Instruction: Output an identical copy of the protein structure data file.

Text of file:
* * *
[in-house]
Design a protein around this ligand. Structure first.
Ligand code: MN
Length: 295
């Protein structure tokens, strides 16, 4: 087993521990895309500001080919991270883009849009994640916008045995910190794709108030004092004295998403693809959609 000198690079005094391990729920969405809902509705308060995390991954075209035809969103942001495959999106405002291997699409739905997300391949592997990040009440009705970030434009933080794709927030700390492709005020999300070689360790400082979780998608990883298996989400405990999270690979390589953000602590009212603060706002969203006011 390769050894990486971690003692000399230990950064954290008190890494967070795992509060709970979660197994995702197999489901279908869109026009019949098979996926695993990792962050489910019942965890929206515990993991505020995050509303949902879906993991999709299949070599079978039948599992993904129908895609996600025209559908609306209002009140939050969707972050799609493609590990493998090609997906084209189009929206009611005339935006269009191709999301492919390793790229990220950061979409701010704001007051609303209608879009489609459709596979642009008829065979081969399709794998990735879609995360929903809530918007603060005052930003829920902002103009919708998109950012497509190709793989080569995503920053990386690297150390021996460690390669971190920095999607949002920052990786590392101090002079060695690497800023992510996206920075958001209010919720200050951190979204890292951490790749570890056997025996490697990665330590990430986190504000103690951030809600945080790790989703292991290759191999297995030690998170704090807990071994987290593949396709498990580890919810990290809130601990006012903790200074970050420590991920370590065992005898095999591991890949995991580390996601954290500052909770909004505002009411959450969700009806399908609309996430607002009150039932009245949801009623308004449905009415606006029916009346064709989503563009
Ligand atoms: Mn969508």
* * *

[in-house]
Design a protein around this ligand. Structure first.
Ligand code: MN
Length: 295
């Protein structure tokens, strides 16, 4: 087993521990895309500001080919991270883009849009994640916008045995910190794709108030004092004295998403693809959609 000198690079005094391990729920969405809902509705308060995390991954075209035809969103942001495959999106405002291997699409739905997300391949592997990040009440009705970030434009933080794709927030700390492709005020999300070689360790400082979780998608990883298996989400405990999270690979390589953000602590009212603060706002969203006011 390769050894990486971690003692000399230990950064954290008190890494967070795992509060709970979660197994995702197999489901279908869109026009019949098979996926695993990792962050489910019942965890929206515990993991505020995050509303949902879906993991999709299949070599079978039948599992993904129908895609996600025209559908609306209002009140939050969707972050799609493609590990493998090609997906084209189009929206009611005339935006269009191709999301492919390793790229990220950061979409701010704001007051609303209608879009489609459709596979642009008829065979081969399709794998990735879609995360929903809530918007603060005052930003829920902002103009919708998109950012497509190709793989080569995503920053990386690297150390021996460690390669971190920095999607949002920052990786590392101090002079060695690497800023992510996206920075958001209010919720200050951190979204890292951490790749570890056997025996490697990665330590990430986190504000103690951030809600945080790790989703292991290759191999297995030690998170704090807990071994987290593949396709498990580890919810990290809130601990006012903790200074970050420590991920370590065992005898095999591991890949995991580390996601954290500052909770909004505002009411959450969700009806399908609309996430607002009150039932009245949801009623308004449905009415606006029916009346064709989503563009
Ligand atoms: Mn969508």